Most employers suspended the provision of onsite perks, such as food, gyms, fitness classes and social events over the past 18 months, and supplemented them with virtual perks, like access to health and wellbeing apps, telehealth/therapy and virtual social events.

  4. 04

    Employers offered new perks in 2021 to address remote work and home offices

    Two-thirds of employers offered computer peripherals (keyboard, mouse, printer, etc.) and monitors to support remote work. Around two-fifths of employers offered subsidies for office furnishing (chairs, standing desks) and about one-quarter provided virtual ergonomic assessments for home offices.

  5. 05

    Investment in traditional perks to attract and retain key talent segments continued

    In addition to the growing focus on wellbeing, financial and family perks, employers continued to offer many traditional perks, such as training and education assistance, technology (laptop/cell phone) and giving (matching donations).

  6. 06

    Employee perks support broader human capital goals

    Education, family, wellbeing and financial perks can strategically support diversity, equity and inclusion (DEI) and employee wellbeing strategies. For example, caregiving perks help address the unique needs of employees with families and student loan counselling can improve an employee’s financial wellbeing.

Key actions for employers

Heading into 2022, employee perks will continue to be an agile component of an employer’s benefits portfolio as employers can quickly respond to the changing need by altering perks, even outside of open enrollment, to target unique employee needs. During the past 18 months, employers quickly offered virtual wellbeing apps, back-up childcare services and pandemic leaves, among other perks, to immediately facilitate the transition to remote work and help employees balance the new necessities brought on by the pandemic.

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Get prepared for RTO

As we plan for return to office (RTO) and hybrid work environments, be sure to evaluate your investment in onsite perks and determine the right mix to address employees’ needs and equity regardless of work location. For example, virtual fitness classes and health and wellbeing apps support all employees regardless of where they work.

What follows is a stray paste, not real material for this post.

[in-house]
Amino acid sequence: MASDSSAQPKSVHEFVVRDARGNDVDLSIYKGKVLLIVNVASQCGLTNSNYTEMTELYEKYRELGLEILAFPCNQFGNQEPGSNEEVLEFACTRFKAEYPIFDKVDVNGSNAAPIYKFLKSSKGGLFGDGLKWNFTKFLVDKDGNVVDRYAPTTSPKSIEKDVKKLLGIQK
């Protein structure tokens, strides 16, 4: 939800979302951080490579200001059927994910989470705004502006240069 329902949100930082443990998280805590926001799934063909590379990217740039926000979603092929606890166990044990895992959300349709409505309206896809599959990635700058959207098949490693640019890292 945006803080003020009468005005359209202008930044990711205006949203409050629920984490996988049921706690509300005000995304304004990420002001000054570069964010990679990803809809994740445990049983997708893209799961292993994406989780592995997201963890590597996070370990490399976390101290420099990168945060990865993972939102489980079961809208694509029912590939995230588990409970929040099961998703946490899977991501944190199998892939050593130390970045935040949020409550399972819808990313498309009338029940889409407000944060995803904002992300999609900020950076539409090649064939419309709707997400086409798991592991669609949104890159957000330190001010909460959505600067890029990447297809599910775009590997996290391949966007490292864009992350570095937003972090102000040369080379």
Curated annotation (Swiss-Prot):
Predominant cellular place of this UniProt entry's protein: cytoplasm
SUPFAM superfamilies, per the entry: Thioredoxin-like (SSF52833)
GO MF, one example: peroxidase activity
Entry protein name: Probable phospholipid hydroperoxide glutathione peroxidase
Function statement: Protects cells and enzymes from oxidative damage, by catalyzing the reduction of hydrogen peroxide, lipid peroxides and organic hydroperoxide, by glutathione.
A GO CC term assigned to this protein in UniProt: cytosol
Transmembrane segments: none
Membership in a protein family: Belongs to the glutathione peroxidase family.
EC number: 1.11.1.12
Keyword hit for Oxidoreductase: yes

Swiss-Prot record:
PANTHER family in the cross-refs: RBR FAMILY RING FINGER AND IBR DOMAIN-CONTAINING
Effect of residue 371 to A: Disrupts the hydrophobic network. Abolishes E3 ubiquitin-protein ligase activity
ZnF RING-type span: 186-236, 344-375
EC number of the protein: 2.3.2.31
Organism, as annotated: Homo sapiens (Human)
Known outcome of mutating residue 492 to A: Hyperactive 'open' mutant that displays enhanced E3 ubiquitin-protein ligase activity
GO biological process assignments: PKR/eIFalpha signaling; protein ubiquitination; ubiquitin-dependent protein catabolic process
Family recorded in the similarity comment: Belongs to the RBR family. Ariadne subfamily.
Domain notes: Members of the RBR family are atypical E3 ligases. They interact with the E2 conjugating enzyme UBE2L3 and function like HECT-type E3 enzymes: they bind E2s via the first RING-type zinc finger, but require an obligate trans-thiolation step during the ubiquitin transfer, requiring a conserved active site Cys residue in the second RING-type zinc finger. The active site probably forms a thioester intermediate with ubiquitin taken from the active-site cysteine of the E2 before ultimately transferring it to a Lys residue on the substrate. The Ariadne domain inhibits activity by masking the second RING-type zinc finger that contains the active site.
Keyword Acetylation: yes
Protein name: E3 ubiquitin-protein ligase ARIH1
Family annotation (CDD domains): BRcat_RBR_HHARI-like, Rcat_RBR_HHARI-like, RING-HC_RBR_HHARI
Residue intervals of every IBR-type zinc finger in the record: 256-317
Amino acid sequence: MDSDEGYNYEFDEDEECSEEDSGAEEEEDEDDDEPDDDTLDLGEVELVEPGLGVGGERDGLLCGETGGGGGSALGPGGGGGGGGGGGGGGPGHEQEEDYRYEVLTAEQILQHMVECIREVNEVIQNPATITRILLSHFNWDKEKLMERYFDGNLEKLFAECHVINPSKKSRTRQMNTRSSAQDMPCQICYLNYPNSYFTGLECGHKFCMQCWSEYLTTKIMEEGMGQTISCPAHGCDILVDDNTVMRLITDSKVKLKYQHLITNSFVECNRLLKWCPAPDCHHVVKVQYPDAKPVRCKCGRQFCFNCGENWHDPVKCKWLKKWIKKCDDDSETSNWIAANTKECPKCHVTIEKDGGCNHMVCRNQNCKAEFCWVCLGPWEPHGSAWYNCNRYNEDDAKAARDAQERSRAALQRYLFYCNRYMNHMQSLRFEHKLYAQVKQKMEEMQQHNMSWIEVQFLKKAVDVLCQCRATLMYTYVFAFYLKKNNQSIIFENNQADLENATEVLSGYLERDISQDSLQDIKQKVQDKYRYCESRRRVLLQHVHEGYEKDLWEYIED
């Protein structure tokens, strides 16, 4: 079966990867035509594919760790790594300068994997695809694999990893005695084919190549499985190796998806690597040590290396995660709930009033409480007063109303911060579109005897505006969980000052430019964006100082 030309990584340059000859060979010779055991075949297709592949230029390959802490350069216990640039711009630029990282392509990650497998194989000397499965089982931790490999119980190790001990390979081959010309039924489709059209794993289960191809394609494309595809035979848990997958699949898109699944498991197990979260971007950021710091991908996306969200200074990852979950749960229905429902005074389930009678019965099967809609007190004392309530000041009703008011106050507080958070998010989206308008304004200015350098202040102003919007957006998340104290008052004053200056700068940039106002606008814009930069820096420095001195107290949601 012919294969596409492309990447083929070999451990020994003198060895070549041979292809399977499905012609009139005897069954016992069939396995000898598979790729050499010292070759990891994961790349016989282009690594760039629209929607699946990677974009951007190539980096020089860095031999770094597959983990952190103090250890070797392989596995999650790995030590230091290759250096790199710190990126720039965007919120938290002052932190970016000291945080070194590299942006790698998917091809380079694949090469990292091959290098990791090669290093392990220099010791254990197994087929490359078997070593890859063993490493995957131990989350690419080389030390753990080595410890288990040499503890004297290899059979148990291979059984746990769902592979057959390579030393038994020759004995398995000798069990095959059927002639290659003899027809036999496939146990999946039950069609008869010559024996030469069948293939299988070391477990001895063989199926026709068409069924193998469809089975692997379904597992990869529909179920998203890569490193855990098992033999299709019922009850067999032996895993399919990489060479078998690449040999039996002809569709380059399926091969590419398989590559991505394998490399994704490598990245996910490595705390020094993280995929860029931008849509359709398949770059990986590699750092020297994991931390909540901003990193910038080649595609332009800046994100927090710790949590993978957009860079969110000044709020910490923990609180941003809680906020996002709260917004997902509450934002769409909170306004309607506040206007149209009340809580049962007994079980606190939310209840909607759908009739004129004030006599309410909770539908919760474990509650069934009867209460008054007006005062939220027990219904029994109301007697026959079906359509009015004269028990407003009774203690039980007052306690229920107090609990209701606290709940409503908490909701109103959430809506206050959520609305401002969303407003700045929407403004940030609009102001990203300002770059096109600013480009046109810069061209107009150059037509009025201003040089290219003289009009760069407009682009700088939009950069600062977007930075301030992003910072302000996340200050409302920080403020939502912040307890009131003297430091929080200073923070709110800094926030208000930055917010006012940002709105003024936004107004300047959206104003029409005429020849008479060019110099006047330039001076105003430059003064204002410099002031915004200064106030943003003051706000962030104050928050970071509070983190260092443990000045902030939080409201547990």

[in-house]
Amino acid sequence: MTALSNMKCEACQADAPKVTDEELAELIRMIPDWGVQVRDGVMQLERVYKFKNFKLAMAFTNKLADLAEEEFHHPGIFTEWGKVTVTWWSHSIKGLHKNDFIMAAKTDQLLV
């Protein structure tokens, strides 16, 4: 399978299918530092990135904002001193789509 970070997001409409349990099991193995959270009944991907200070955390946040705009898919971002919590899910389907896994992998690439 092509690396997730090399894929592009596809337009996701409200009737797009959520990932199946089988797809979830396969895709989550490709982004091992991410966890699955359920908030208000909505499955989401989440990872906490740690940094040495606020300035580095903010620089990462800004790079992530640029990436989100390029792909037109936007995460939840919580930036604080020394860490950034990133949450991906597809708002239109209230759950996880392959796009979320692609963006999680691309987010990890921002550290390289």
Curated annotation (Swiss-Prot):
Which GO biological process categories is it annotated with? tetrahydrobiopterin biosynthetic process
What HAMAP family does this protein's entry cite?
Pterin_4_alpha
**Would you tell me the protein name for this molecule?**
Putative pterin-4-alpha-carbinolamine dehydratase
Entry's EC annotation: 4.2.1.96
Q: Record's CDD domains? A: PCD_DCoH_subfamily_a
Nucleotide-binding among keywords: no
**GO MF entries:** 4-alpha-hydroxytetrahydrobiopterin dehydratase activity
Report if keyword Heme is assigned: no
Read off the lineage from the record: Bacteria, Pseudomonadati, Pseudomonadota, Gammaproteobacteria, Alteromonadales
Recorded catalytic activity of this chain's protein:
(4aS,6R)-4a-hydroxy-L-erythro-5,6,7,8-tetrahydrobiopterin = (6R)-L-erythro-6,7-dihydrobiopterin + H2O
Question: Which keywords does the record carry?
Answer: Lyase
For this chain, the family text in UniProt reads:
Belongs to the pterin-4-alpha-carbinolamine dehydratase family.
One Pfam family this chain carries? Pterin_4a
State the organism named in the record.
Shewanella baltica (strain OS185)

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Take stock of what you offer

If you plan to make new investments or modify your perks strategy, take a step back and inventory the perks you offer today across the nine categories to ensure they still provide value. Use the findings to identify any gaps and make prudent investments and modifications. For example, work from home stipends are likely to become mainstream in the future and can be funded by savings from eliminating underutilized onsite perks. You can also use this analysis to step up communication for those perks that are underused because your employees may not know enough about them.

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Be strategic with your future investment

Think about the employee segments you are trying to attract or retain and how you can use perks to meet their unique needs. Don’t be afraid to talk to employees formally or informally to ensure your investment is aligned with their changing preferences and needs.

Since the COVID-19 pandemic began, the world has looked different to all of us. As health conditions and new ways of working continue to evolve, perks are an essential tool to help you and all your workforce segments adapt to the future – whatever that future may hold.

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Senior Director, Health & Benefits